Retaining your existing customers is extremely valuable. Not least because the cost of acquiring a new customer has been determined to be five times as much as it costs to hang on to an existing customer. Selling to your existing customers has success rates of around 60-70% while selling to new prospects has typical success rates of around 5-20%. And increasing customer retention by as little as 5% will potentially increase profits by 25-95%.
These figures make the value of customer retention very clear and, while overall customer experience is important, it is customer success that drives retention.
Customer Success Definition
There are a number of key points in this succinct definition that can be enumerated:
- Customer success is a business methodology used by vendors and suppliers.
- Customer success strategies need to ensure that customers achieve their desired outcomes when using supplied products or services.
- Customer success is focused on customer relationship management.
- Customer success aligns client and vendor goals.
- Customer success leads to mutually beneficial outcomes for both clients and vendors.
- Effective customer success strategies reduce churn and drive customer retention.
- Focusing on customer success will deliver more upsell opportunities.
Most importantly, customer success is underpinned by a customer-focused ethos that delivers positive customer experience throughout the customer journey leading to repeat business, enhanced customer loyalty and brand advocacy.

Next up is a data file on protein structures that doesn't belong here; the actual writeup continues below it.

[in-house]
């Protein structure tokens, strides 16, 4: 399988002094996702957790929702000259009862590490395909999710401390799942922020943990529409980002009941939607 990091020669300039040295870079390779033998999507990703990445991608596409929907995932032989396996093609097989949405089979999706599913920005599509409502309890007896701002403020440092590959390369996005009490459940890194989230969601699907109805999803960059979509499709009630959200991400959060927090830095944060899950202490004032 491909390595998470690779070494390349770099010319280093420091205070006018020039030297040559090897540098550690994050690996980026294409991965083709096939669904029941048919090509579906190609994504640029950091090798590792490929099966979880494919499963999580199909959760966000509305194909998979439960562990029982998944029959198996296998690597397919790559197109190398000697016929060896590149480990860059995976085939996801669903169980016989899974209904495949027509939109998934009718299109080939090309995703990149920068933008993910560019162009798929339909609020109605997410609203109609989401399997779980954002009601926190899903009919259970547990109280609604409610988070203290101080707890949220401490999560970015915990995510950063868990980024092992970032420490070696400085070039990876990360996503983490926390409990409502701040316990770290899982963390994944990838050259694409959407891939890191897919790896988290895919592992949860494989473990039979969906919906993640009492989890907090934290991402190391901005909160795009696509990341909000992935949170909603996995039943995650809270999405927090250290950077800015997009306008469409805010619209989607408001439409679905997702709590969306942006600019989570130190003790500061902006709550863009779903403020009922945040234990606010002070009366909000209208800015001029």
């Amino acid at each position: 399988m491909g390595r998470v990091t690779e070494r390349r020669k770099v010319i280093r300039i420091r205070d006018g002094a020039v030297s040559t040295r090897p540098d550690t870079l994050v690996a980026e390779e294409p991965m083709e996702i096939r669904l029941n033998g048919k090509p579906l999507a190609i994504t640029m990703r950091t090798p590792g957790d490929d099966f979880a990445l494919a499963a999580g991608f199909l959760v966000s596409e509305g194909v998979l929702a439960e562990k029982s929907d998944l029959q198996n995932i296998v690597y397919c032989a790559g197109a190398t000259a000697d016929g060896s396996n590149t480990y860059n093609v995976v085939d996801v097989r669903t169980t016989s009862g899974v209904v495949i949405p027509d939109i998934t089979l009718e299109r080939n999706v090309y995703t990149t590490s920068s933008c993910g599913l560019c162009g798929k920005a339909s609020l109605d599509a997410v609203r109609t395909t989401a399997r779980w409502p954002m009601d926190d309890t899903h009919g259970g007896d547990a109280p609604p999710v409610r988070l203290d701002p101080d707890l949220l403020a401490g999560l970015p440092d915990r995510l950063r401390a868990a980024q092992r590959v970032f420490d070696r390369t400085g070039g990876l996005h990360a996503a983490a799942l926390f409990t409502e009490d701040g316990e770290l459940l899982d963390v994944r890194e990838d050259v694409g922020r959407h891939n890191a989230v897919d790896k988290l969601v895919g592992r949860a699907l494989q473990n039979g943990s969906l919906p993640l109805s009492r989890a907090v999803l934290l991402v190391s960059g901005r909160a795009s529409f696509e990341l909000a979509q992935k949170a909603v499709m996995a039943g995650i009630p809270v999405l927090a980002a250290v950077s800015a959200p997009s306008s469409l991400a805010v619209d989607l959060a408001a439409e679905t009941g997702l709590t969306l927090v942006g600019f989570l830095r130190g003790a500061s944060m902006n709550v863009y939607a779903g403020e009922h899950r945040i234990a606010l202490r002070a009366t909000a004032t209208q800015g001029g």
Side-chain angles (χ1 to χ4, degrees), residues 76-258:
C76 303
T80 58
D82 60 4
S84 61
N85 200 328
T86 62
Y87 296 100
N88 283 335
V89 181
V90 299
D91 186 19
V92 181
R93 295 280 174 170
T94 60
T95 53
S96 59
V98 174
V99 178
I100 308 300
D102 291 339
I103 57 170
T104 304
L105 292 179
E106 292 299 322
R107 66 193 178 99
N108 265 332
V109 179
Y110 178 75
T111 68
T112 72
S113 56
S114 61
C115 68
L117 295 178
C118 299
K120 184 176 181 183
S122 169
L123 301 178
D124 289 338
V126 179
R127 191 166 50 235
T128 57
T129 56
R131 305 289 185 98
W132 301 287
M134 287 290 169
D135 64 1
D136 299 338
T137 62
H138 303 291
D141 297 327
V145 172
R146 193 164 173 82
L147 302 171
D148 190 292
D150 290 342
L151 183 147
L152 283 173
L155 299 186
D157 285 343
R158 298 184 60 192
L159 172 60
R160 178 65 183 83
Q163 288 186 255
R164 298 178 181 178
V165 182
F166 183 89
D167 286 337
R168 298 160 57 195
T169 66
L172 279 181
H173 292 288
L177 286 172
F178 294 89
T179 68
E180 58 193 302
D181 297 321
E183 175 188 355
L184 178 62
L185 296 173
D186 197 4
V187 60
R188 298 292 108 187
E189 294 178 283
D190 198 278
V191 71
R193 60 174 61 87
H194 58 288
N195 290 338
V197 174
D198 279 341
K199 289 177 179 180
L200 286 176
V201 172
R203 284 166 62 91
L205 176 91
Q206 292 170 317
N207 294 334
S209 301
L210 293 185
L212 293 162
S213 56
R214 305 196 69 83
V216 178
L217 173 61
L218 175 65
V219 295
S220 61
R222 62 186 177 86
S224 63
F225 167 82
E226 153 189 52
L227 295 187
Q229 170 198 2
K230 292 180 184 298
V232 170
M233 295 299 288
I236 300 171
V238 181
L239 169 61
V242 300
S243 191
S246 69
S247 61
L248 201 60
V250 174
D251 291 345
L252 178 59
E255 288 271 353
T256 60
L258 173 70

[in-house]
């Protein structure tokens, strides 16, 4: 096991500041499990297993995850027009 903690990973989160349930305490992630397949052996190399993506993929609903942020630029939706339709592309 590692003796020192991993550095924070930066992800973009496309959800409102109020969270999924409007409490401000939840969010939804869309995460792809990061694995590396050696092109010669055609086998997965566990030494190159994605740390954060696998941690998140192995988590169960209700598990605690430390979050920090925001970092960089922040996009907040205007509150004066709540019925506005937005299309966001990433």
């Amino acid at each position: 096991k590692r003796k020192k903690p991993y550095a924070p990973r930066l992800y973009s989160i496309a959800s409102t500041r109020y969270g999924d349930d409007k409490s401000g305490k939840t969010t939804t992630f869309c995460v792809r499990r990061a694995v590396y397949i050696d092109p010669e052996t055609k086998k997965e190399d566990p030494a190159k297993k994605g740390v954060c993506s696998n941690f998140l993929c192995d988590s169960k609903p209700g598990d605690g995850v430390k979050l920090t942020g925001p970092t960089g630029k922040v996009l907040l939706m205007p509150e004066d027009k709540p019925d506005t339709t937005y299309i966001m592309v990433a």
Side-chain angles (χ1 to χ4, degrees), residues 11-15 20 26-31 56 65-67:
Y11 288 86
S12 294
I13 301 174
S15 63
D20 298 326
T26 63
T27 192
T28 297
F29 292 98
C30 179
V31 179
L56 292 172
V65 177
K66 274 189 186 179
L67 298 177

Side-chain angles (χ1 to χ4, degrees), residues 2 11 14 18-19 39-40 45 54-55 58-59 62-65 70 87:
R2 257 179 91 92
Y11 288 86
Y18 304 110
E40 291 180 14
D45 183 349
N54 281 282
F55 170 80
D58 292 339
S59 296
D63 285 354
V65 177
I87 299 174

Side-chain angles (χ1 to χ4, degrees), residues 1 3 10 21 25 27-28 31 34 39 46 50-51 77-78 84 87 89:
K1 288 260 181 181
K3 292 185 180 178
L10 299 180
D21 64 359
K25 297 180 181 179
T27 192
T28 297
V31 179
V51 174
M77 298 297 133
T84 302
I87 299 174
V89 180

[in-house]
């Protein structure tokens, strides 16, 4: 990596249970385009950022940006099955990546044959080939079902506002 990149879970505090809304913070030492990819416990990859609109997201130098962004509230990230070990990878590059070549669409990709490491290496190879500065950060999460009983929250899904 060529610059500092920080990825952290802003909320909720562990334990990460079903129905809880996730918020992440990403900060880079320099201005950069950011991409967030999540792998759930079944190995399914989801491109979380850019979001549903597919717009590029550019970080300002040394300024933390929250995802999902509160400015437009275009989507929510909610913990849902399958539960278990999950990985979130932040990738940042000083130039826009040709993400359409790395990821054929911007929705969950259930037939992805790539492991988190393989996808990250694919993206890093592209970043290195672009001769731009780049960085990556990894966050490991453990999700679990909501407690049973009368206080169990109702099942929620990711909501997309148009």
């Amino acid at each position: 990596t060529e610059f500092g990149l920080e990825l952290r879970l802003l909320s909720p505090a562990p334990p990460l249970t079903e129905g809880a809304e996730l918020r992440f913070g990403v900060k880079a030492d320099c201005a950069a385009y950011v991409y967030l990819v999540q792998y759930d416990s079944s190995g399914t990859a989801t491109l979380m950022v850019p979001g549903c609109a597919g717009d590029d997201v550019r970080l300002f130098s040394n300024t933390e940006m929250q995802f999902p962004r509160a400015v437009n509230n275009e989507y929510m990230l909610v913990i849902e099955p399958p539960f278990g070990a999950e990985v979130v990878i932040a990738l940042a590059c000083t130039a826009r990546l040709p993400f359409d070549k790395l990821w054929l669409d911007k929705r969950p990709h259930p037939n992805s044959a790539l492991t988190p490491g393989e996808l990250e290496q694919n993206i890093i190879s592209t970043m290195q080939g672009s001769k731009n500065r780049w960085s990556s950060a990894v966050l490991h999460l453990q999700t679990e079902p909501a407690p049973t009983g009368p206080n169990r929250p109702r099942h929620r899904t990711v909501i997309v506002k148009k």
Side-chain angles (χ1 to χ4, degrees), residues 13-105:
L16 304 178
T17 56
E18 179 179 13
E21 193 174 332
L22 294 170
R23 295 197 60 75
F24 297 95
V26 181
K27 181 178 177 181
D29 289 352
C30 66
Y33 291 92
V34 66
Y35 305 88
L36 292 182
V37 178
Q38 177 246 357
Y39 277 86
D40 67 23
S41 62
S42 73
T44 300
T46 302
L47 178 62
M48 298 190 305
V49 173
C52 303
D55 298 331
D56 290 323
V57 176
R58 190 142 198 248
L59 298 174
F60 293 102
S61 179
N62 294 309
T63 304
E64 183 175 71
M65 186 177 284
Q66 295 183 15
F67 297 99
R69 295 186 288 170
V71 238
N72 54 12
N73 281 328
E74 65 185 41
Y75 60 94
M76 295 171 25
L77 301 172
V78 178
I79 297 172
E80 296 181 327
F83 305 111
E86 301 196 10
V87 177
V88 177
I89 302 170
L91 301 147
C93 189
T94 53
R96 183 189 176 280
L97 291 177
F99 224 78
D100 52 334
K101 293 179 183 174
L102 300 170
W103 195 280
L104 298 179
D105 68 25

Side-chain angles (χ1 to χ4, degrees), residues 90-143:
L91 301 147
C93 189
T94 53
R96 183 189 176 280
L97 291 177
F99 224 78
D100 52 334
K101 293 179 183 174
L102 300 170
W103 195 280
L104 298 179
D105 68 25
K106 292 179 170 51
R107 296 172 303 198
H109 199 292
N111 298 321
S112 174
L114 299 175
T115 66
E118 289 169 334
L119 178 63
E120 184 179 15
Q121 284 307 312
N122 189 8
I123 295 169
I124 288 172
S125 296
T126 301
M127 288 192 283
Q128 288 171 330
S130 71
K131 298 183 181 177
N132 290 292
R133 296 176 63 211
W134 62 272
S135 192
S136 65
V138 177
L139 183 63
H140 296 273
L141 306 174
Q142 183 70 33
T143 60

Customer Success Goals and KPIs
Developing long-lasting, mutually beneficial customer relationships with deep understanding of the client’s needs and desires is a key aspect of effective customer success management. Part of this understanding should be the determination of their goals and what they expect from the products and services you are providing.
To gain the required insight will often require interaction with people at all levels in the client organisation. The expectations of those working directly with your products are likely to be a lot different from the expectations of those responsible for budget allocations. It’s important to determine what all of these people and departments expect and what their aims and objectives are.
There are a number of valuable customer success KPIs (key performance indicators) that can provide valuable insight. Here are some of the most commonly used metrics.
Customer Satisfaction (CSAT)
Monitoring and quantifying the extent to which customers are satisfied with what you have provided is essential. It is important to examine customer satisfaction for each individual customer as well as looking at the overall experience of all customers.
Net Promoter Score® (NPS)